Not the end, just the beginning…
Over the last five week’s you have been on a journey: developing skills; working towards becoming a more in(ter)dependent learner. If you were stuck on the escalator I hope that you have managed to find your way off. And while the course is coming to an end, this is really just the beginning…
One of the key features of the course has been self reflection. You have been asked to post weekly, reflecting on your progress and development. For the in(ter)dependent learner this arguably the most important process to enter into. Through self assessment/evaluation it allows you to enter into an internal dialogue not just about what you have learned but how you went about learning it. Given the value that can be placed on such processes, self reflection is the only focus of the final week.
There is a lot to unpack.
Reflecting on and assessing your own progress/learning is not easy. It takes time and practice to develop as a skill, which is one of the reasons behind the weekly blog post. It has to be an active and honest process. Moreover, it is a process that is based on trust; as I have discussed in this blog post:
“…trust is of high importance here. Trusting yourself is difficult. It takes time to reach a point where you can be effectively self-critical, where you can trust your own judgement.”
It requires you to enter into a meta-cognitive process, looking inwardly at the way you approached your learning. As such I thought it would be useful to return to Dweck’s fixed and growth mindsets. It might be useful to conduct a purposeful self-analysis of how you approached the course, considering the following:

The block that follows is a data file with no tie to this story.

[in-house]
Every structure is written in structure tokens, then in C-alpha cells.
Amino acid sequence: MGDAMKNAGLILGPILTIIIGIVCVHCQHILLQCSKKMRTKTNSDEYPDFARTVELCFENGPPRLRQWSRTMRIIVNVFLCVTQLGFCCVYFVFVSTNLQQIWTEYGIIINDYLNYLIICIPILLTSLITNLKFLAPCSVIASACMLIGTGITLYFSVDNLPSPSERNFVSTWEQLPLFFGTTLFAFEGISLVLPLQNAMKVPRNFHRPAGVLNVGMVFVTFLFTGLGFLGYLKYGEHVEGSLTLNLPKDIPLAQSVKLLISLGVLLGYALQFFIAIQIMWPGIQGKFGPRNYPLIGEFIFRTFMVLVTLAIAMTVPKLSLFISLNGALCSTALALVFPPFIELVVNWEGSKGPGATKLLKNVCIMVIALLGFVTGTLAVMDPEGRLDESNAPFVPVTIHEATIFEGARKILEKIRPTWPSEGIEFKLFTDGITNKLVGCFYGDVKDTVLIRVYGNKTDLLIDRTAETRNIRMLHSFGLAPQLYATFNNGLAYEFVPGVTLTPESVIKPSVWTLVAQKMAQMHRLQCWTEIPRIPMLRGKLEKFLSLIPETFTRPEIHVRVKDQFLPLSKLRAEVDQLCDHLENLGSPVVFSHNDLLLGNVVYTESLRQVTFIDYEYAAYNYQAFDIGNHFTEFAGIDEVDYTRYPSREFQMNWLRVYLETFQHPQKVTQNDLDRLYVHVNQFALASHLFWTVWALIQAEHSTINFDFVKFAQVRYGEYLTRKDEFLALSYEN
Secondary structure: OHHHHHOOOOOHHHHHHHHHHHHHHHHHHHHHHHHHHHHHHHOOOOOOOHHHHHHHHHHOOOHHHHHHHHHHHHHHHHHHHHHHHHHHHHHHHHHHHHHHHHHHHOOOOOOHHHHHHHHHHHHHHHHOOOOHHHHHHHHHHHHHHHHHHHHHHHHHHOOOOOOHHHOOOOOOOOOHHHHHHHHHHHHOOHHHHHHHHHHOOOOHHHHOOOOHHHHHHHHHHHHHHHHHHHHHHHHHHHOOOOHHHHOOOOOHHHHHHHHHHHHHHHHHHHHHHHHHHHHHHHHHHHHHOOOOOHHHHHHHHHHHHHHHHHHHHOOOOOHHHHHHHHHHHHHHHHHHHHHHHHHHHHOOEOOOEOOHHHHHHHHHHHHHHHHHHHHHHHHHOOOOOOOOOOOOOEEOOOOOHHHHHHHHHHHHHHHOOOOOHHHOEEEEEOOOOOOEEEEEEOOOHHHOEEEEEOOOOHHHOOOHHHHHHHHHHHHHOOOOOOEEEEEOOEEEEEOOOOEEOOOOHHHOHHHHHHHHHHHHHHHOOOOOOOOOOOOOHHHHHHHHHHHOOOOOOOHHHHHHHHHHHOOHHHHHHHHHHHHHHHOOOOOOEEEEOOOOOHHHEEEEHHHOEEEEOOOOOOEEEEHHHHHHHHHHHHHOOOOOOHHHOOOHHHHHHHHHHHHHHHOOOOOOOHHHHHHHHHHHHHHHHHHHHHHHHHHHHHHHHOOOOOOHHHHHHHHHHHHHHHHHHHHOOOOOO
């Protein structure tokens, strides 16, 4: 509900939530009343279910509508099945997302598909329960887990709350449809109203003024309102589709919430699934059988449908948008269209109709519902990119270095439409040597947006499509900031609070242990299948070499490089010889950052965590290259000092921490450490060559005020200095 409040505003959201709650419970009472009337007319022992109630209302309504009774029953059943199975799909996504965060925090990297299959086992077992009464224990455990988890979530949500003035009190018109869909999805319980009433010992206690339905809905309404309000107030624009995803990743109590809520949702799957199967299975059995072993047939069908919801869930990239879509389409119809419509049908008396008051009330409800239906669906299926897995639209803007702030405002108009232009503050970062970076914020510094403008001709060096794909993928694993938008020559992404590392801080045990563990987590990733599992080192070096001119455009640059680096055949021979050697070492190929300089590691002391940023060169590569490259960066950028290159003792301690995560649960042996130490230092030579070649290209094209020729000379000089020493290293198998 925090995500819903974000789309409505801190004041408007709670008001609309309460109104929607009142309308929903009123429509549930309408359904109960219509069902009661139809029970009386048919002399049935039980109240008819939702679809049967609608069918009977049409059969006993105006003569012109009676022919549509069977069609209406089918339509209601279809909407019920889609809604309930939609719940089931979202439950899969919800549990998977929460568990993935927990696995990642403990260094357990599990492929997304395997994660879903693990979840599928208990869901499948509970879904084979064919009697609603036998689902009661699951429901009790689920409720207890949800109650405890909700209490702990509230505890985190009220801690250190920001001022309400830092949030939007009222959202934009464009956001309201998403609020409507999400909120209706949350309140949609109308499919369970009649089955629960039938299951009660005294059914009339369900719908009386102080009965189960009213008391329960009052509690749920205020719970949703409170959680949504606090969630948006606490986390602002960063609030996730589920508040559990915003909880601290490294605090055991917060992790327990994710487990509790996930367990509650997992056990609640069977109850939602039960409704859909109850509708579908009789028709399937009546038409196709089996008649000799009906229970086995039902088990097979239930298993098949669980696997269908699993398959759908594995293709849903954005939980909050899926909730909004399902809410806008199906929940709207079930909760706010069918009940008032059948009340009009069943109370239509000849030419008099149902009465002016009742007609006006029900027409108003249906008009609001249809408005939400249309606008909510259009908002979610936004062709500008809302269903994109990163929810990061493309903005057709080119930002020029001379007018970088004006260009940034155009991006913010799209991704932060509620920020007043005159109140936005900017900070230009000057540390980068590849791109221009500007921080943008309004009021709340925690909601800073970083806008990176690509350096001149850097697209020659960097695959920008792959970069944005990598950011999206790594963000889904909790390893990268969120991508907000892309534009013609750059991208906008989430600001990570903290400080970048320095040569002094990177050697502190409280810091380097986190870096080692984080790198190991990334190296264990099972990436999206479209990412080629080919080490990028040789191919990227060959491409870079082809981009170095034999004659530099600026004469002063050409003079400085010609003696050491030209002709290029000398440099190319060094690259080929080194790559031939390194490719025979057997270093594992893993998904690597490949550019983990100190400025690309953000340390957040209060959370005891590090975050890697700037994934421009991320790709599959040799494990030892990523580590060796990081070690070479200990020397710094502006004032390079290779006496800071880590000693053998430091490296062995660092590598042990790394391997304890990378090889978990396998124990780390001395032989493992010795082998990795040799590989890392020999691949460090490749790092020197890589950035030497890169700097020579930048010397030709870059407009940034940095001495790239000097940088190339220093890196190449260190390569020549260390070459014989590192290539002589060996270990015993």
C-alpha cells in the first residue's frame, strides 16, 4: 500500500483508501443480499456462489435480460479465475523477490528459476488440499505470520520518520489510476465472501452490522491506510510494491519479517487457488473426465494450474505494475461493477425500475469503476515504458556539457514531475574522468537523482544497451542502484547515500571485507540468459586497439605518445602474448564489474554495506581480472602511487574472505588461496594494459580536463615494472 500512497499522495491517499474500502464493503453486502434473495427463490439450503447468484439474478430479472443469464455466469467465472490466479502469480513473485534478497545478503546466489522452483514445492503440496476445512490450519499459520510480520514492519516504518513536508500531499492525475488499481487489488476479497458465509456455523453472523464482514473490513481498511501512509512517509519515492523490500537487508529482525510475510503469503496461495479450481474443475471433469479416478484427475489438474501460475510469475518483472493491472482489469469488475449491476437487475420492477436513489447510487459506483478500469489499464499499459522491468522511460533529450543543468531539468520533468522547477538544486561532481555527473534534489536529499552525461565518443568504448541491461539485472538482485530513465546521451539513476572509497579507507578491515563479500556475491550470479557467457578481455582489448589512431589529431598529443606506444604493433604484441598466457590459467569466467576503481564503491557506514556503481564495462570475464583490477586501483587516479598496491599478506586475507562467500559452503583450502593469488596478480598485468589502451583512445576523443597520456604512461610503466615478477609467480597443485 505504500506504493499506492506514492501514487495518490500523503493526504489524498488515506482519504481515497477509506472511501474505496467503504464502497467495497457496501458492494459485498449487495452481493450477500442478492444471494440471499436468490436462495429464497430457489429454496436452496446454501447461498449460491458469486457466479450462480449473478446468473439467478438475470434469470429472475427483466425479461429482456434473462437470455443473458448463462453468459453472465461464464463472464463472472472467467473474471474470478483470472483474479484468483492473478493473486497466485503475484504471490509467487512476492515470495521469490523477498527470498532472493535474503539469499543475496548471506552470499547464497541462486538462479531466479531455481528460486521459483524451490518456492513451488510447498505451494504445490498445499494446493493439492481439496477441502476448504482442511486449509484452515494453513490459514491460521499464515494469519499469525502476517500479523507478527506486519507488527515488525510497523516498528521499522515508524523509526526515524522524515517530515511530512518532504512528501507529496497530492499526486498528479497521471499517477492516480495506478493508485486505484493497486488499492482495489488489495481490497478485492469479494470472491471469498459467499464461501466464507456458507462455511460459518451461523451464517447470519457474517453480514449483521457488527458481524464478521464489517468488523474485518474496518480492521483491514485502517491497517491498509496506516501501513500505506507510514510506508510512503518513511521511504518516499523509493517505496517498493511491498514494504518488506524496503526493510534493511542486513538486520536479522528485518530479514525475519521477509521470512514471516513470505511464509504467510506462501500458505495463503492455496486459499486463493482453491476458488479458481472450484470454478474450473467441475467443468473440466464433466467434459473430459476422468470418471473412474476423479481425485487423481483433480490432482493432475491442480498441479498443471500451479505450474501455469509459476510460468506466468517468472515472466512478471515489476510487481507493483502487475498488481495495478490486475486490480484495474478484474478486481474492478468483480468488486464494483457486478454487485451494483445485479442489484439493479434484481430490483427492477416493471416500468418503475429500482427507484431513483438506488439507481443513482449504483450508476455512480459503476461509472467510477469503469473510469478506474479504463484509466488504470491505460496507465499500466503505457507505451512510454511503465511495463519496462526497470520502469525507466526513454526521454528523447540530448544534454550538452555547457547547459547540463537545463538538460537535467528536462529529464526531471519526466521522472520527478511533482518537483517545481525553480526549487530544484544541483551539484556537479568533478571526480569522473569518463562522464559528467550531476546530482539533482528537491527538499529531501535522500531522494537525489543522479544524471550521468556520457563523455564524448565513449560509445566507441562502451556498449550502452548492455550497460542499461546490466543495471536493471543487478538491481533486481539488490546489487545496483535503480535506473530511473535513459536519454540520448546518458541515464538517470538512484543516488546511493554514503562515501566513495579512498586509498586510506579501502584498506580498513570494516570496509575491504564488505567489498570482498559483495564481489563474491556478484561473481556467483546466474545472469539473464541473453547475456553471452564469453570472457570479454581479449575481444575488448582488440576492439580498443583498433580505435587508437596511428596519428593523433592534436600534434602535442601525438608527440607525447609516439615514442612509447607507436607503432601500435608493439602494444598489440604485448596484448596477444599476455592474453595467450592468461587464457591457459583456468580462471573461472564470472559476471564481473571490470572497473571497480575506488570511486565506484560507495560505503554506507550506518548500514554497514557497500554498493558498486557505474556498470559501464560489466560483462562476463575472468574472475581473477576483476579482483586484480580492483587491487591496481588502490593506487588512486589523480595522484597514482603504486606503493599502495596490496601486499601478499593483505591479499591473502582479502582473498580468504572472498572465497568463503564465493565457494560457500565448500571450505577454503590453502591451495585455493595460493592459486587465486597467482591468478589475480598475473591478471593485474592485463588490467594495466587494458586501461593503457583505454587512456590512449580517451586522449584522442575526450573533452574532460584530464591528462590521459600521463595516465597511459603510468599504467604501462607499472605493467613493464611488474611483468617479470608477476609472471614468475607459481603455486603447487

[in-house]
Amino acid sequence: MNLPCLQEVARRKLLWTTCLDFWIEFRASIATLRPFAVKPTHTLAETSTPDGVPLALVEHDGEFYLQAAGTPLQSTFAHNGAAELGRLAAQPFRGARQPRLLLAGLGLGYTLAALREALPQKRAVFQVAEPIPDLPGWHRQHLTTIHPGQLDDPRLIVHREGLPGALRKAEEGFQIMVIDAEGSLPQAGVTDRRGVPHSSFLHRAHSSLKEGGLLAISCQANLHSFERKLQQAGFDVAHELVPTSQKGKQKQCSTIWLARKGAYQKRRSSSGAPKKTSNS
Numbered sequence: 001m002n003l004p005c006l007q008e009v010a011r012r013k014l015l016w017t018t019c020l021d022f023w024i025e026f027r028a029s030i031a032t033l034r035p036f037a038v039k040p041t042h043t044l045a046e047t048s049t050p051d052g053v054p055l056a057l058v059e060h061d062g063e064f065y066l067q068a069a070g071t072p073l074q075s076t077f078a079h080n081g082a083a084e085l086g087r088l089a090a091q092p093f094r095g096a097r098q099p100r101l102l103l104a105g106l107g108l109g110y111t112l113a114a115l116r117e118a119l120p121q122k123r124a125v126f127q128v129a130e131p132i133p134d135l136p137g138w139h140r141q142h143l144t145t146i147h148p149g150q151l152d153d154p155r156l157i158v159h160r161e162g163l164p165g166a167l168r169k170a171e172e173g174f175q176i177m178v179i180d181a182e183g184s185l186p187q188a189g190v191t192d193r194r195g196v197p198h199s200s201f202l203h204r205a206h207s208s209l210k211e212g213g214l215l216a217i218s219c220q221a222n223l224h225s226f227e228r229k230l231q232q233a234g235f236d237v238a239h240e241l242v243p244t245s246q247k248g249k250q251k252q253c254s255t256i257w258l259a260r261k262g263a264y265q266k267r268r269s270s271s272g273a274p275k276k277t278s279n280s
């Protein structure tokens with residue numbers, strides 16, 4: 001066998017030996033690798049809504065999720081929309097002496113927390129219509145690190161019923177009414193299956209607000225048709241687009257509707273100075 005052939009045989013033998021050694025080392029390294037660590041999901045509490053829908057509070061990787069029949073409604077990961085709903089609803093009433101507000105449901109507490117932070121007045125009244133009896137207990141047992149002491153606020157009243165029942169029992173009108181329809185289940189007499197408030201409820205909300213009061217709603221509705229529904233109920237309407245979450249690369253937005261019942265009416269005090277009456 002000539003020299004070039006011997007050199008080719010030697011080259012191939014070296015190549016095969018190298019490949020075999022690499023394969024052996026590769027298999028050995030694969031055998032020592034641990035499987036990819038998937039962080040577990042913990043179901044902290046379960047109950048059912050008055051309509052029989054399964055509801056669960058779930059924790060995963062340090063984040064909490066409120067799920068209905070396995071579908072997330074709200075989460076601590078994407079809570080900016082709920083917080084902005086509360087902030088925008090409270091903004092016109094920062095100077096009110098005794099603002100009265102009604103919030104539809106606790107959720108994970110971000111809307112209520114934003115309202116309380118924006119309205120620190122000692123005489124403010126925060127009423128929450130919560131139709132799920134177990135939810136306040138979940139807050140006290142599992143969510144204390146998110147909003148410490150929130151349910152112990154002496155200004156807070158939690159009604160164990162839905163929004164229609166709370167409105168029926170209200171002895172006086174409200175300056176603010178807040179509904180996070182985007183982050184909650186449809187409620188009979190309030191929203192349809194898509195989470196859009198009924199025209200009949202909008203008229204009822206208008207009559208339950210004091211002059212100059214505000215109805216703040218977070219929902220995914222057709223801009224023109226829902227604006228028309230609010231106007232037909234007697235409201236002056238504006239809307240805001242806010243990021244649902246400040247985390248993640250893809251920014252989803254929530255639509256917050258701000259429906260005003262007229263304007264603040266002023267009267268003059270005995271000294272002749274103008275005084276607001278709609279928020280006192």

- What challenges did you face and how did you respond to them?
- What obstacles got in your way and how did you get around them?
- How much effort did you put into the course and what did you get out of it?
- What feedback (criticism) did you receive and how did you take it?
- What success did other participants have and how did that make you feel?
Were your responses positive or negative? Did you see challenges as opportunities to be embraced or did you avoid them thinking if you did not try then no one could say that you failed? Did you look at your feedback and see it as advice that could help you move forwards or did you choose to ignore it?
As you can see this is a critical process and not an easy one. Once you have taken some time to analyse the way you approached the course, read back over your assignments, blog posts and the feedback you received. Write down your successes and failures. Where do you stand? Then take the learner survey and reflect on your progress. How have your skills and attributes developed. Remember, be honest!
A final part of the reflective process is to consider what you will do next. Although, this course has come to an end your learning has not (and never will). How can you take what you have learned during the course forwards? How is it going to continue to factor into your current and future learning? Is there anything specific that you have learned that wish to develop further?
- Atherton J S (2011) Learning and Teaching; Reflection and Reflective Practice [Webpage]
- Stephen Heppell: ‘Metacognition‘ [Video]
- James Michie: Communicative Relationships: The Purpose of Assessment [Article – see pg. 6 in particular]
- Plymouth University: Reflection [Guide]
- Michael Graham Richard: Fixed Mindset vs. Growth Mindset: Which One Are You? [Article]
Archive – Wednesday 17th April
1. Complete the end of course survey reflecting on and evaluating the progress you have made. This second survey also includes a section for you to evaluate the course. Please take the time to do this as it is important to both the research process, and will help make improvements to the course for future participants.
2. Complete a final blog post reflecting on and evaluating the progress you gave made. Consider:
- your progress as an in(ter)dependent learner
- what you believe you gained out of completing the course (skills, attributes…)
- what you will take away with you and how/where you think you will use it?
3. Read and comment on the blog posts of the 3-4 members of your comment group. (Discuss their responses to the questions and share your learning from the week)